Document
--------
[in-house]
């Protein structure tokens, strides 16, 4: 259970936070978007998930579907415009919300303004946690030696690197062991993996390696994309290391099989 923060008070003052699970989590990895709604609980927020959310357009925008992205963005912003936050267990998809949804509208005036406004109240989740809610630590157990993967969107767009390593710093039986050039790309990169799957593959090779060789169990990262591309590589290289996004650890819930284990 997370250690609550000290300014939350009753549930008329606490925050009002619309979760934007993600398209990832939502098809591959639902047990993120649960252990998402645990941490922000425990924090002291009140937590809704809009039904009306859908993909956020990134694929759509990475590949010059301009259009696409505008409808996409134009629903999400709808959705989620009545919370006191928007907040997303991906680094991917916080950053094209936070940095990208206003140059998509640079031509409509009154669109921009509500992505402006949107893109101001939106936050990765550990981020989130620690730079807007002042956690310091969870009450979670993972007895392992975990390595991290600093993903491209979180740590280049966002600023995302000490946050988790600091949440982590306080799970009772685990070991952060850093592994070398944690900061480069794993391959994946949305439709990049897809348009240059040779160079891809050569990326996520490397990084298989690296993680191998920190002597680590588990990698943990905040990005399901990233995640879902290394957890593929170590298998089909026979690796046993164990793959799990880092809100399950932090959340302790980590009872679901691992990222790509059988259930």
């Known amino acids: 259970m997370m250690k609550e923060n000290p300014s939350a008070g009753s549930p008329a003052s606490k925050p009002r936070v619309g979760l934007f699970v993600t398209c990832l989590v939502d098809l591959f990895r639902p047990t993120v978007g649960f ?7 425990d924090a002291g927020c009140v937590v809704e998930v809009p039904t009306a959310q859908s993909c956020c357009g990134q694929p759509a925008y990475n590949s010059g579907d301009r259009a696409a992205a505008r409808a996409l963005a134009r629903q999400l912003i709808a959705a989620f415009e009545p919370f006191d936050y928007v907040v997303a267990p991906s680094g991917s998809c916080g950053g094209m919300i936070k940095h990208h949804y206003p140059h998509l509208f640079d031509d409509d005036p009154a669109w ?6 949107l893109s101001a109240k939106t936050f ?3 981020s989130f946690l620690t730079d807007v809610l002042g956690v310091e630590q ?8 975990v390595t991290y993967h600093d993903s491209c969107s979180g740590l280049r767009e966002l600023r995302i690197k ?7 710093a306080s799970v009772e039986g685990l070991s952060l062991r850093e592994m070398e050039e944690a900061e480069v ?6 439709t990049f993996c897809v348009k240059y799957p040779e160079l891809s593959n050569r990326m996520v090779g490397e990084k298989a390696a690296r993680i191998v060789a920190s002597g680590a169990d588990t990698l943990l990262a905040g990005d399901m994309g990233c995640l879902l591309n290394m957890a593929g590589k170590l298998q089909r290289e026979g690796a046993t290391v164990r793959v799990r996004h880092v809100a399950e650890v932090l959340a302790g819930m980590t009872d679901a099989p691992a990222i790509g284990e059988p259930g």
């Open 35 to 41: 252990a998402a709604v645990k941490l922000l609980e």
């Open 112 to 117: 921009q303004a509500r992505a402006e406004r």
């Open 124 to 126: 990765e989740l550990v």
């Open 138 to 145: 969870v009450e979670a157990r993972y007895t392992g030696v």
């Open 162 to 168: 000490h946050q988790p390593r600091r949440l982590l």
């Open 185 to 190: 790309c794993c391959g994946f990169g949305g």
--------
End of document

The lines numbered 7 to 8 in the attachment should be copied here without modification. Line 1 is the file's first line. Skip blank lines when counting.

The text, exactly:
């Open 138 to 145: 969870v009450e979670a157990r993972y007895t392992g030696v």
């Open 162 to 168: 000490h946050q988790p390593r600091r949440l982590l």